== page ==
The BI early adopter companies found was that there was nothing more strategic than putting detailed and meaningful information about customers, products, and sales in the hands of the businesspeople who needed it. And, once the businesspeople saw the results, they’d want even more.
Many users of standard reports slowly realized the possibilities of their newfound data access. Multidimensional analysis – usually deployed using online analytical processing (OLAP) tools – gave more seasoned users the ability to “drill down” on report results, requesting additional details. Thus the sales manager perusing a quarterly report of new business customers could call up additional information on new business customers within each sales region. Multidimensional analysis encouraged businesspeople to expand on the findings (the “whats”) and research root causes (the “whys”). It turned out to be a boon to the average businessperson looking to plumb the well of corporate information for business improvement.
Modeling and Segmentation
As the user community for BI grows, user sophistication grows apace. Most business users will be content with reliable reports and drill down capabilities. As the data gets broader and deeper, opportunities for more advanced analytics emerge. In some cases, this evolution corresponds to the business’ realization that more highly evolved analytical capabilities can deliver even more strategic knowledge – and drive differentiated action. Though they often fall under the general rubric of “data mining,” the subcategories require different processing algorithms.
Predictive modeling isn’t a new concept, having been around as long as the field of statistics. A model is a collection of patterns for a given characteristic, and as such, is represented either through a set of rules or notations, or via “visualization” features. Though not new, predictive models are only as valid and useful as the data that populates them. Companies that develop and enrich the data used for standard queries and multidimensional analysis thereby simultaneously enhance all three capabilities.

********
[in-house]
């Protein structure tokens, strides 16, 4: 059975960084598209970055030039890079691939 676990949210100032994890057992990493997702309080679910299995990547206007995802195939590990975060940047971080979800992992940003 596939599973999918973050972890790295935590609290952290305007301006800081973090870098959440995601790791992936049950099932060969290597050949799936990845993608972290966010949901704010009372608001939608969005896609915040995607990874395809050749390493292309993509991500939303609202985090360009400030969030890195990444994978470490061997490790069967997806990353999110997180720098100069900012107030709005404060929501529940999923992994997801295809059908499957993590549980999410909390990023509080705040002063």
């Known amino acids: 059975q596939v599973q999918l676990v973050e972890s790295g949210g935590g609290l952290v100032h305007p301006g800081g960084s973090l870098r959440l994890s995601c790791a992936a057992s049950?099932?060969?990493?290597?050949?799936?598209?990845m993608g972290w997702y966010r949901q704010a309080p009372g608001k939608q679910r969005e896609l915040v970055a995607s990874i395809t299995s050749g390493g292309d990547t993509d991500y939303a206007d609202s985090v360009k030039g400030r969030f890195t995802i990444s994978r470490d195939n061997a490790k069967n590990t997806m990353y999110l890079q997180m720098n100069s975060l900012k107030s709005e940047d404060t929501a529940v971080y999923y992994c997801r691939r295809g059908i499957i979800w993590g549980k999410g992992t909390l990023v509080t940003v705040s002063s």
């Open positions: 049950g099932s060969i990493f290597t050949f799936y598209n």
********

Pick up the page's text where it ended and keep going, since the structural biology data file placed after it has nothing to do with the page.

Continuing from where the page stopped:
Segmentation has likewise been around as a concept. Segmentation divides customers or other data subject areas into certain bands or groupings, in which common characteristics can reveal behaviors. Customer segments can then be analyzed as dimensions using multidimensional analysis, providing less technical users examine the models and segments without having to build the models themselves. Not surprisingly, companies like Royal Bank of Canada that have excelled at segmenting their customers are also acknowledged leaders in customer acquisition and retention.
The pyramid puts modeling and segmentation in the same category because although they involve different underlying techniques, they fall under the rubric of advanced analytics and require specialized skill sets. In most cases they leverage specialized software.
Predictive models represent the basis for the field of predictive analytics, which The Data Warehousing Institute’s Wayne Eckerson defines as “…a set of business intelligence (BI) technologies that uncovers relationships and patterns within large volumes of data that can be used to predict behaviors and events” (Eckerson, Wayne, “Predictive Analytics,” from What Works in Data Integration, Volume 23, The Data Warehousing Institute, 2007). Eckerson calls out the data volumes for good reason: In order to be accurate and valuable, predictive models should access enough detailed data to represent past behaviors in order to indicate future patterns. As the pyramid illustrates, data maturity – including data volumes, data quality, and degree of integration – evolves alongside BI capabilities.